It is helpful to have an idea of the main groups in the population of Spain at this time, because there's more to it than just three religious groups. The small ruling class in Muslim Spain descended from the Syrian and Arab invaders of the early 8th century. The North African Berbers had also played an important role in the conquest of Spain but had been forcibly kept from political power by the Arabs. They formed a group separate from the other Muslims and Christians. 

There was a considerable Jewish population in both Christian and Muslim territories. They could occassionally rise to important positions in Muslim administrations, but tended to remain marginalised in Christian states. Their lives seem to have been better generally in Muslim territories under the dhimmi system than in Christian areas.

The mass of Christian population worked the land in a servile state (which originated in the Roman/Visigoth age) with a small urban proletariat. In Muslim territories they retained the right to worship in their own way, but they were required to pay higher taxes under the dhimmi system and their rights were easily infringed upon when it seemed opportune. In the Christian territories at least they had more freedom to worship (within the restrictions of the church!) and a lower tax burden. There must have been a Christian middle class of some sort, even tough small.

Below them was the class slaves. In Muslim territories these were Christians and heathen, often captured from the Christian territories in the North or brought from Africa. In the Christian territories the slaves were captured Muslims.

Thursday, 16 May 2013

New Boardgames Loot and Old Boardgames Loot

So last Saturday I bought a few games at the convention, a good way to support it (traders need to make trades to return). A good thing was that the prics were relatively low compared to the FLGS.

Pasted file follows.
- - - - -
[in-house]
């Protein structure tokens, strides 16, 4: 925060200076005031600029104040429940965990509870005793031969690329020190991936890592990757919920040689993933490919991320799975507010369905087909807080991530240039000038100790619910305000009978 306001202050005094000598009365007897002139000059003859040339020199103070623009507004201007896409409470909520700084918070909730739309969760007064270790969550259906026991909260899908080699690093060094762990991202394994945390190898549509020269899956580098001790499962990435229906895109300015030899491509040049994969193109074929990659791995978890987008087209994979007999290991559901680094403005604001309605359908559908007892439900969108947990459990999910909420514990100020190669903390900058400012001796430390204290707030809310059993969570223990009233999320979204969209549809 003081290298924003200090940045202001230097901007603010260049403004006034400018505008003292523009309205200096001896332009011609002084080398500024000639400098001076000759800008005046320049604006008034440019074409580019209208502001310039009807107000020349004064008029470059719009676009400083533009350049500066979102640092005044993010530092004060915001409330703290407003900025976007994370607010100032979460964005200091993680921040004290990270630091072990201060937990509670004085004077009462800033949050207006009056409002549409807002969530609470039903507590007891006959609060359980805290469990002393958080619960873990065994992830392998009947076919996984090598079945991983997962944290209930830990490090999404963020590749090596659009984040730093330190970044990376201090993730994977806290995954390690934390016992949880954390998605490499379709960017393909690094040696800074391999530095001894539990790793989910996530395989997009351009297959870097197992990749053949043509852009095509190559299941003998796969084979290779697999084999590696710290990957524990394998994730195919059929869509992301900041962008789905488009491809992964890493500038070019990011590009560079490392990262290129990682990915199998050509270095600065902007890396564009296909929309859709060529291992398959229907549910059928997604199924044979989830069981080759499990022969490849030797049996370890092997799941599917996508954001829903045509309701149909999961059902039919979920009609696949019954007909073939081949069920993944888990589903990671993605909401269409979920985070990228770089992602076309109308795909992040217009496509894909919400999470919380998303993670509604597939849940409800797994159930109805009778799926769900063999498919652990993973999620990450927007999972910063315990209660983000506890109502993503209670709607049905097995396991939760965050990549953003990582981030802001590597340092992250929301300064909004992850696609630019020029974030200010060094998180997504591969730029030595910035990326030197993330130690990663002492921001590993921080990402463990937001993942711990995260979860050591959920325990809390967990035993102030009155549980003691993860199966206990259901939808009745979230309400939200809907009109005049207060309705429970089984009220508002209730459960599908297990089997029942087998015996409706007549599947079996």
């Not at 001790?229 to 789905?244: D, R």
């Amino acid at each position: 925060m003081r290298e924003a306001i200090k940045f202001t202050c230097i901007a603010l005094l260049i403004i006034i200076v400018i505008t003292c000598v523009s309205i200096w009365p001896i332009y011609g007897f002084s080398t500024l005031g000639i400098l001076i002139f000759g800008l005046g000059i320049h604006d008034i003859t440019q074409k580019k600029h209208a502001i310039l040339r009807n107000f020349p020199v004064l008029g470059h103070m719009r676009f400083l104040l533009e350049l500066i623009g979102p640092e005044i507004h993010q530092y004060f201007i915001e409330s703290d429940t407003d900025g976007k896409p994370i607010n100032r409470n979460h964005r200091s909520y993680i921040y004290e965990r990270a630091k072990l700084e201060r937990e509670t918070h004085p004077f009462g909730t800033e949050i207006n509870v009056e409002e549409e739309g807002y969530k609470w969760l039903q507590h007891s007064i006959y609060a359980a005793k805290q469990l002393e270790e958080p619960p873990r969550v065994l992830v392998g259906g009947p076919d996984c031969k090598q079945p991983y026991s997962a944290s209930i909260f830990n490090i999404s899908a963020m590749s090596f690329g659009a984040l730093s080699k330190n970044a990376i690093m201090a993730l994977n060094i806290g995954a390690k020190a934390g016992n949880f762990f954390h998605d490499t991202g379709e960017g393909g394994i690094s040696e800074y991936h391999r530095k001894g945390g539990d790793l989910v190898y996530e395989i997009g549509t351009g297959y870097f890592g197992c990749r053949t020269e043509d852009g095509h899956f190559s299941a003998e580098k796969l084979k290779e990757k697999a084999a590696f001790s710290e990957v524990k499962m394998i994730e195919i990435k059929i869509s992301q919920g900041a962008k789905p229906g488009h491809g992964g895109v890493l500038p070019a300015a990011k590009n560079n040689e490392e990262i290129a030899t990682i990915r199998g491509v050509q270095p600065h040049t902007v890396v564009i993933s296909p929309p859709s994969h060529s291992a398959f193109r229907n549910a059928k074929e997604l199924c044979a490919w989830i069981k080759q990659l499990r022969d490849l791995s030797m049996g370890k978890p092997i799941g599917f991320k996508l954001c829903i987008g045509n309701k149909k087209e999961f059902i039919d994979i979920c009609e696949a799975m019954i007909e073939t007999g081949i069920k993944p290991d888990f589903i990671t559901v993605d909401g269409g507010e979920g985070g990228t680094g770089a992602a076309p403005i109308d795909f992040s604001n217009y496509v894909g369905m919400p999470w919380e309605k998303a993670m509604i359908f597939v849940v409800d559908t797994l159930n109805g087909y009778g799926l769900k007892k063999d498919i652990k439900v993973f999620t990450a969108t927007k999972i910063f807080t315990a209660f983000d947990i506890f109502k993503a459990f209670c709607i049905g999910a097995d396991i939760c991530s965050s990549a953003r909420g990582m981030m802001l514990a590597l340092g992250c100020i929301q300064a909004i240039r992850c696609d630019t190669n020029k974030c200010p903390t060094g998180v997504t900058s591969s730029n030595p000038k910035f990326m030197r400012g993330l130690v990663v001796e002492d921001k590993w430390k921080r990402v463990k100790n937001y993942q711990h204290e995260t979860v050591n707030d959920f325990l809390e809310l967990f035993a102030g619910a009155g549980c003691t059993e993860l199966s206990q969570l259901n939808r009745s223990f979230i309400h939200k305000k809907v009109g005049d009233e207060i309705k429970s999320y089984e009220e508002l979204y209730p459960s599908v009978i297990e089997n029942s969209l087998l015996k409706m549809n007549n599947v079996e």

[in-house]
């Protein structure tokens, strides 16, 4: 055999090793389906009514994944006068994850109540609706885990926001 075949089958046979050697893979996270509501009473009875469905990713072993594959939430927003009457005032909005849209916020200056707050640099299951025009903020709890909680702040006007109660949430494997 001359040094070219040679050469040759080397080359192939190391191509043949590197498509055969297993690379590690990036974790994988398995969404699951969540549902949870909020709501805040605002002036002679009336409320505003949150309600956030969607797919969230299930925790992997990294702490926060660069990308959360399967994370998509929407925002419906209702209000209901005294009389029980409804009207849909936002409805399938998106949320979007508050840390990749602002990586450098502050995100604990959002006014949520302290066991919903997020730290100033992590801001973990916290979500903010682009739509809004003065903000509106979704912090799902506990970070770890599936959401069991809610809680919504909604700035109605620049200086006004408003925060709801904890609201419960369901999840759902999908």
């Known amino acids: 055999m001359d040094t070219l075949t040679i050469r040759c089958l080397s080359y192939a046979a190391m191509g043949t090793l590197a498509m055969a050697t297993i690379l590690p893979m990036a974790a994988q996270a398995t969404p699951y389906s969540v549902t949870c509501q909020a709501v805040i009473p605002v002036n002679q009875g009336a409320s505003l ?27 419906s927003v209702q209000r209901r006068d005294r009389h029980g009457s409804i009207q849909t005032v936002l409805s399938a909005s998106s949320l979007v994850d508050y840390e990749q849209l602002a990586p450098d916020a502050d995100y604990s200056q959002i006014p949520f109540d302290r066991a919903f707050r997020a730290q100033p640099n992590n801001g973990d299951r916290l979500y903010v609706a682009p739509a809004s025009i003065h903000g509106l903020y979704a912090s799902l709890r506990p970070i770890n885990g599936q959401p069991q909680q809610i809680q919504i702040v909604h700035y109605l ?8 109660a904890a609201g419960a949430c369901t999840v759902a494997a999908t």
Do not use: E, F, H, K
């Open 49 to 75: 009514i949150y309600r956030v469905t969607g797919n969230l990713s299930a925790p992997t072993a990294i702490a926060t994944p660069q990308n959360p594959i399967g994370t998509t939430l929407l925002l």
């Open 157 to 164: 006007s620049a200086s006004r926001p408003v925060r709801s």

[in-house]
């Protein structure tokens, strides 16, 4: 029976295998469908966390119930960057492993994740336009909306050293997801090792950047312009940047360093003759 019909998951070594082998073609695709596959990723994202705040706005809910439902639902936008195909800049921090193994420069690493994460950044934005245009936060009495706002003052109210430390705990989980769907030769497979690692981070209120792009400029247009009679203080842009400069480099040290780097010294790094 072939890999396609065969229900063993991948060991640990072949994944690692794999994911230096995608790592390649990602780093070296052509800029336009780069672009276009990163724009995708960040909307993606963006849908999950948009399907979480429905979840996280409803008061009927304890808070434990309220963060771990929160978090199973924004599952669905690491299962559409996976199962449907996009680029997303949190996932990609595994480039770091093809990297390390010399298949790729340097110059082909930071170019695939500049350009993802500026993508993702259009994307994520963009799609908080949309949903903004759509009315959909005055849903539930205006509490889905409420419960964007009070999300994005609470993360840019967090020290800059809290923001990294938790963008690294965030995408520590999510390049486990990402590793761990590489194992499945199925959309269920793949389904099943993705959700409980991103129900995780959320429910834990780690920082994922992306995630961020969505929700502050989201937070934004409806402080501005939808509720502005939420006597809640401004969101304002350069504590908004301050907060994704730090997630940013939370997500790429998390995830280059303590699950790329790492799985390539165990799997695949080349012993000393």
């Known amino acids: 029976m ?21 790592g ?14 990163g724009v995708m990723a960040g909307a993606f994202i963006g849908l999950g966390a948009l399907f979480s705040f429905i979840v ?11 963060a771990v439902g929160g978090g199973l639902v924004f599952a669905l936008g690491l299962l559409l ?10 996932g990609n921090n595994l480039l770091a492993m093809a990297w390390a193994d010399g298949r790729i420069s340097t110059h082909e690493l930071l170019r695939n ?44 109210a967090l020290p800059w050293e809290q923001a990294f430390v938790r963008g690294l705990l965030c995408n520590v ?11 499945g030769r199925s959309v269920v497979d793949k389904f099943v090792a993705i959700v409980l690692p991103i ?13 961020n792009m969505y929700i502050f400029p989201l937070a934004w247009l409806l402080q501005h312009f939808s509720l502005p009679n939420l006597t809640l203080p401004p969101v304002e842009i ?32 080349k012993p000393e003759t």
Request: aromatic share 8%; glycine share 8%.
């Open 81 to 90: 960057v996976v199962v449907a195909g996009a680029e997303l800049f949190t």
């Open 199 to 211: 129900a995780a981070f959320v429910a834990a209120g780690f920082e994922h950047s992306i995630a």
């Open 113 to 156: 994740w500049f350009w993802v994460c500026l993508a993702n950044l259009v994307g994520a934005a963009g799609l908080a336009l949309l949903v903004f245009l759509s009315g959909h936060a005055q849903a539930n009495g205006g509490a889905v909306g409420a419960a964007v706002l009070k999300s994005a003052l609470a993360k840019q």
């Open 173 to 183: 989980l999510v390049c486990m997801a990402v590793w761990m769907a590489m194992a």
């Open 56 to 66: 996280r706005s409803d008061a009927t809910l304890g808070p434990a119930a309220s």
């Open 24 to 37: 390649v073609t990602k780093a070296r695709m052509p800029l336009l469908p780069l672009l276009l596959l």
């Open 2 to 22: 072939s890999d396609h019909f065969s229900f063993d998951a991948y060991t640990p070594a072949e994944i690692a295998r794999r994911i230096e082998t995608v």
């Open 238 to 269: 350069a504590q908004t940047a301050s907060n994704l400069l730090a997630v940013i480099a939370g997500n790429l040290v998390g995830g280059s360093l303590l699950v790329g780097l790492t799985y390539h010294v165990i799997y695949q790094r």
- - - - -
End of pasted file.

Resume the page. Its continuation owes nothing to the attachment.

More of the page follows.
The new games are Risk: Legacy , Mice & Mystics, City of Remnants and Beyond Waterloo. The first is a birthday present for a great lover of Risk. I think he will enjoy having a special personalised copy of his own. M&M and CoR are both by Plaid Hat Games and have gotten very favourable reviews. It's a small company I like to see successful. The last one explores all the counterfactuals of the 1815 campaign on the battlefield, economically and diplomatically. I just needed to buy it and try it.

Me buying a couple of new games felt like a good point to evaluate where I'm standing on the Essen 2012 front. I guess a sudden twang of guilt. But it's also the half way point.

So let's see what I bought at Essen and what I've played so far:
Slavika: played at Murphy's Heroes (aka The Club)
Camp Roskilde: not played since Essen
Kolejka: played a few weeks ago. Fun. Should write a first impression
Gauntlet of Fools: played a few times with the kids but not with grown ups so I haven't tested the real fun part of the rules. Should write a first impression 
King of Tokyo: Played a few times
Signum Mortis: not complete yet but should be soon. One for the summer then.
Expansion for Lupin the 3rd: not played yet. Should kick myself

So I should prepare a session of games like Slavika, Gauntlet, King of Tokyo and Camp Roskilde. They're fast, easy and fun. I have plans to play Kolejka again with the family. And Lupin really needs to get played!

Wednesday, 15 May 2013

Gift of the Luftwaffe

This is what great buddies will do for you: pick up a great book for you in a second hand book shop in london!

filled to the brim with statistics on losses, production air crew etc. Awesome! Thanks mike!